Widely known in Canada from his Montreal Gazette column, and work with the Discovery Channel, Schwarcz (Let Them Eat Flax) is an entertaining guide through the tangle of conflicting research studies, advertising claims, special interest groups, age-old myths and popular opinion that make diet a cloudy subject. In short chapters he aims his microscope at such highly touted foods as tomatoes, acai berries, curry and soy; additives like nitrites, artificial sweeteners, vitamins and fluoride; contaminants including pesticides, hormones, trans fats and dioxins; and what, for him, are suspect fads. Schwarcz contends that while there are no "magical" foods, a diet of mostly vegetables, fruits, whole grains and low-fat dairy products and moderation are key to good health. To help readers make informed choices, he ably cuts through many controversies and will likely stir up a few (he challenges those who condemn milk consumption, espouse detoxification and promote kosher foods, for example). Schwarcz makes learning fun by peppering his text with fascinating facts (coffee contains naturally occurring carcinogens, and apples have formaldehyde). More importantly, he leaves readers with a rational framework for evaluating the complex nature of foods and how they affect health. (Jan.)Copyright © Reed Business Information, a division of Reed Elsevier Inc. All rights reserved.
An Apple A Dayby Joe Schwarcz
Forget your dinner jacket and put on your lab coat: you have to be a nutritional scientist these days before you sit down to
Eat salmon. It’s full of good omega-3 fats. Don’t eat salmon. It’s full of PCBs and mercury. Eat more veggies. They’re full of good antioxidants. Don’t eat more veggies. The pesticides will give you cancer.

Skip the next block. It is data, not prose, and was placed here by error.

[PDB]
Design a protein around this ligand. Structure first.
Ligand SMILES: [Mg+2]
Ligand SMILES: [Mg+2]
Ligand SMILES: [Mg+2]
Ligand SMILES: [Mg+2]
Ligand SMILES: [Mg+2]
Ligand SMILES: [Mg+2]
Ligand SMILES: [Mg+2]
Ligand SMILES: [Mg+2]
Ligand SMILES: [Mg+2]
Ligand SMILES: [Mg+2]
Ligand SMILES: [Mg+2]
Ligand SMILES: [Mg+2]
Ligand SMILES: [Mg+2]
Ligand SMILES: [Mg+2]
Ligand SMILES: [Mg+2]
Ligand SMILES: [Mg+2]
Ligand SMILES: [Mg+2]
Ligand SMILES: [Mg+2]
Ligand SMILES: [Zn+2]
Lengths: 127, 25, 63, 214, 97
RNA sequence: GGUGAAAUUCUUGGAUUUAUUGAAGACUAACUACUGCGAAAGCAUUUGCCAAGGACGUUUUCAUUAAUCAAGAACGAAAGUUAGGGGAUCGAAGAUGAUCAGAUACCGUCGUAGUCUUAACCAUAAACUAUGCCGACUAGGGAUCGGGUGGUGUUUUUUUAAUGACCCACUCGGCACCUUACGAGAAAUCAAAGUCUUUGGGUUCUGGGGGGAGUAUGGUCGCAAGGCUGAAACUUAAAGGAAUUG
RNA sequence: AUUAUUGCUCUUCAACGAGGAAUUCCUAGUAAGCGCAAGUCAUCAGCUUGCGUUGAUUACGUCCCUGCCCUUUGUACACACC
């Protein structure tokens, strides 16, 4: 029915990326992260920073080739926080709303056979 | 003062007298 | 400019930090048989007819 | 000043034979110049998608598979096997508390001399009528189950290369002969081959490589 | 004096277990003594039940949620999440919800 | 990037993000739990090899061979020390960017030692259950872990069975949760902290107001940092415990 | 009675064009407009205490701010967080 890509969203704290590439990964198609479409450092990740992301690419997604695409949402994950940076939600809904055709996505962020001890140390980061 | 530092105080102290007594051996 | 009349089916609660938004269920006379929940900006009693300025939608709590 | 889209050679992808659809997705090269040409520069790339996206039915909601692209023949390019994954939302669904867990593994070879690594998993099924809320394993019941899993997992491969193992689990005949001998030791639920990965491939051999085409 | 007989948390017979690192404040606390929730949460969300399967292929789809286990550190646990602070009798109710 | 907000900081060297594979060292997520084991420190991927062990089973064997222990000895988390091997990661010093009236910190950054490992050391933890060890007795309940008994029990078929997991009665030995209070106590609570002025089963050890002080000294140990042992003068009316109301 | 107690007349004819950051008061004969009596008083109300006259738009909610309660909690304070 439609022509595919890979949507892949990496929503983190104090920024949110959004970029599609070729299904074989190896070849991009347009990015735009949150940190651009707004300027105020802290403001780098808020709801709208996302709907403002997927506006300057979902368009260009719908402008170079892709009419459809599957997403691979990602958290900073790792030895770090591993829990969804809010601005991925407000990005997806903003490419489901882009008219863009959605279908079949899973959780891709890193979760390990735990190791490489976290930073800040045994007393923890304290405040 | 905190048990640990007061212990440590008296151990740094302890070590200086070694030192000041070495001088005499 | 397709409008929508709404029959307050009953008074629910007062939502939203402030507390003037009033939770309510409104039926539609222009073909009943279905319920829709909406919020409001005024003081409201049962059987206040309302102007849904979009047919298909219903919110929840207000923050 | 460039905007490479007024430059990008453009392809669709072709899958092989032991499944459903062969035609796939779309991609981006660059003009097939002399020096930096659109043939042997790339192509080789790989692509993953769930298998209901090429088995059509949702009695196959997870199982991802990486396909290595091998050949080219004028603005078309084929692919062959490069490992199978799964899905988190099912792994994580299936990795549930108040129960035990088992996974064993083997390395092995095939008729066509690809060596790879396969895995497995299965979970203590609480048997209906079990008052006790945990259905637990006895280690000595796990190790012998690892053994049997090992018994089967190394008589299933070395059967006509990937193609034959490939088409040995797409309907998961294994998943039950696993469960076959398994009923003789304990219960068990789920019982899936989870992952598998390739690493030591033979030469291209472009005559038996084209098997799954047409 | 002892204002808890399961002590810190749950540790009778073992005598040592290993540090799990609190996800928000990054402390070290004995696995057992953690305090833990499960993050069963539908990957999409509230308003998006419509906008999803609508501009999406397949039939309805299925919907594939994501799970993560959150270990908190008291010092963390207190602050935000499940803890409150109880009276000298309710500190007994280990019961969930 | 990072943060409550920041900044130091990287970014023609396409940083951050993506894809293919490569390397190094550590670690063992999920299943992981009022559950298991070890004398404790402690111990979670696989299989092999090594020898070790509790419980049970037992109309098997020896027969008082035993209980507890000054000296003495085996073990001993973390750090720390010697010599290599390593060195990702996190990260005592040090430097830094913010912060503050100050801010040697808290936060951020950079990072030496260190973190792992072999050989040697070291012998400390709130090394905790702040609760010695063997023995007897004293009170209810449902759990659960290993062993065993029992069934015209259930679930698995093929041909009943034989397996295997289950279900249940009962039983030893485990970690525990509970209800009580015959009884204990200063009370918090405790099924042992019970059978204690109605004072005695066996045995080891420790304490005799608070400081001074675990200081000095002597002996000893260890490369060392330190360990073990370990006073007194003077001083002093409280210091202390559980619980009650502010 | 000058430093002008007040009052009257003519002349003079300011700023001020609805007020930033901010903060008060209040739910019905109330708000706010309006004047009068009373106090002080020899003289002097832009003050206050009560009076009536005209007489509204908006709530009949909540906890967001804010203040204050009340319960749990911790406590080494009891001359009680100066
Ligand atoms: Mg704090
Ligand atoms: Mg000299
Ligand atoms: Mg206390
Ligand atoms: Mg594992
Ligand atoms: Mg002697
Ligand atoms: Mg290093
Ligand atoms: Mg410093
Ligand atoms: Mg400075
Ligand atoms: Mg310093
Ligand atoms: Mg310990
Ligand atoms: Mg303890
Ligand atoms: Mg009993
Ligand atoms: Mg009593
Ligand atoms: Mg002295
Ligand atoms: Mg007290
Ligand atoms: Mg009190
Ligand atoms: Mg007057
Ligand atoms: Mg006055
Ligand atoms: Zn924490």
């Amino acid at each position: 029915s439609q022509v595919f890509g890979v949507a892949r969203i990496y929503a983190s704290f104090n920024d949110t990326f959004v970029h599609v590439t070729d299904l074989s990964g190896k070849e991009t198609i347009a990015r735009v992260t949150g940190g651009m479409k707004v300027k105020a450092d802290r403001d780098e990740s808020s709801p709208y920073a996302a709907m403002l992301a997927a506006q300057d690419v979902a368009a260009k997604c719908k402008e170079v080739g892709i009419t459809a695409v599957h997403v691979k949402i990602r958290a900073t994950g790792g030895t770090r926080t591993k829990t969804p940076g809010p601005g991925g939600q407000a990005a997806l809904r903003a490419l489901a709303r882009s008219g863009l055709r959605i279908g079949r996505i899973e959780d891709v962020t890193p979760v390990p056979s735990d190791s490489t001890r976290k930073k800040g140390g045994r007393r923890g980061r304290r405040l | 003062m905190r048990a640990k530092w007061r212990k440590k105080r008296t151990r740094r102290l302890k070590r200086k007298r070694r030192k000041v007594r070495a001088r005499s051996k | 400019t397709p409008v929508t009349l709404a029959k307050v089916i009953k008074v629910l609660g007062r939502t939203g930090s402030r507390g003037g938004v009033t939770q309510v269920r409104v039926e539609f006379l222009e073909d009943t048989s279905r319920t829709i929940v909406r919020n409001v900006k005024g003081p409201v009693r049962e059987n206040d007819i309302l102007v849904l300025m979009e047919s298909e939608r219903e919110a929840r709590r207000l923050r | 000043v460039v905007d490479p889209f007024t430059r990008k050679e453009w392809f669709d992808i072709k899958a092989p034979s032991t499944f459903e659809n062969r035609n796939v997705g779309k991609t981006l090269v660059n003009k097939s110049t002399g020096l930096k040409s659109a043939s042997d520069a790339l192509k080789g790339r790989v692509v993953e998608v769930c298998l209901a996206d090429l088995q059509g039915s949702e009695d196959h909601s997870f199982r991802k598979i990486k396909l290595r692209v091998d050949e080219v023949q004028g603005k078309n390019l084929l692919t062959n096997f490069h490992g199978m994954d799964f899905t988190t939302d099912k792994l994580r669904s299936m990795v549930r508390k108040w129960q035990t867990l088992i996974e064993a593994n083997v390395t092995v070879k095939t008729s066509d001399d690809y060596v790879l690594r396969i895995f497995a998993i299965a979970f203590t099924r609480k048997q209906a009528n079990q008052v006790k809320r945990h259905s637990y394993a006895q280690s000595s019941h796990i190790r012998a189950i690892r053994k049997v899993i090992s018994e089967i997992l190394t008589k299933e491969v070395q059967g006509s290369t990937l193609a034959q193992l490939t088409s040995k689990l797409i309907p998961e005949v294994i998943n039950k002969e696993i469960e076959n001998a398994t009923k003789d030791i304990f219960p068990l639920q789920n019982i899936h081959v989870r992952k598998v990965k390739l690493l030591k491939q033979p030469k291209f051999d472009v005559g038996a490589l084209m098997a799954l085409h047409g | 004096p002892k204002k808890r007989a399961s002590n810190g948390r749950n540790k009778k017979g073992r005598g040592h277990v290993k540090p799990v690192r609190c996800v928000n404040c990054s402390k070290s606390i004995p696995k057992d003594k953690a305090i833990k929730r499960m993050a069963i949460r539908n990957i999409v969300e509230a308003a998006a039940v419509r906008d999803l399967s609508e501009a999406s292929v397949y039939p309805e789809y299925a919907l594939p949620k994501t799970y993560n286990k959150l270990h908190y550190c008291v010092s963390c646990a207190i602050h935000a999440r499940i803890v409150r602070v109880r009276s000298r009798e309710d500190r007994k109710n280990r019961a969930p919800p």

Forget your dinner jacket and put on your lab coat: you have to be a nutritional scientist these days before you sit down to eat—which is why we need Dr. Joe Schwarcz, the expert in connecting chemistry to everyday life. In An Apple a Day, he’s taken his thorough knowledge of food chemistry, applied it to today’s top food fears, trends, and questions, and leavened it with his trademark lighthearted approach. The result is both an entertaining revelation of the miracles of science happening in our bodies every time we bite into a morsel of food, and a telling exploration of the myths, claims, and misconceptions surrounding our obsession with diets, nutrition, and weight.
Looking first at how food affects our health, Dr. Joe examines what’s in tomatoes, soy, and broccoli that can keep us healthy and how the hundreds of compounds in a single food react when they hit our bodies. Then he investigates how we manipulate our food supply, delving into the science of food additives and what benefits we might realize from adding bacteria to certain foods. He clears up the confusion about contaminants, examining everything from pesticide residues, remnants of antibiotics, the dreaded trans fats, and chemicals that may leach from cookware. And he takes a studied look at the science of calories and weighs in on popular diets.
Every day, consumers are bombarded with new food and nutrition information. Are genetically modified foods dangerous? (Maybe, maybe not.) Should we eat fish for the omega-3 fatty acids or avoid it because of the mercury? (Eat in moderation.) Will an apple a day really keep the doctor away? (No, but eat it anyway.) Schwarcz (Let Them Eat Flax), a chemist and the director of McGill University's Office for Science and Society, has created a useful reference work for harried consumers. Whether reading cover to cover or picking relevant chapters, readers will find this book a convenient way to separate food fact from food fiction. Particularly timely are the chapters "Substances Leaching from Plastics" and "The Bisphenol A Issue," which highlight current health concerns. An entire section helps debunk questionable diets. Readers will not need a PhD in chemistry to follow along; Schwarcz wisely limits technical terms to the minimum while adequately explaining the chemistry involved in digestion. His latest is strongly recommended for public libraries, especially those with consumer health and nutrition collections. Also recommended for medical libraries with consumer health collections.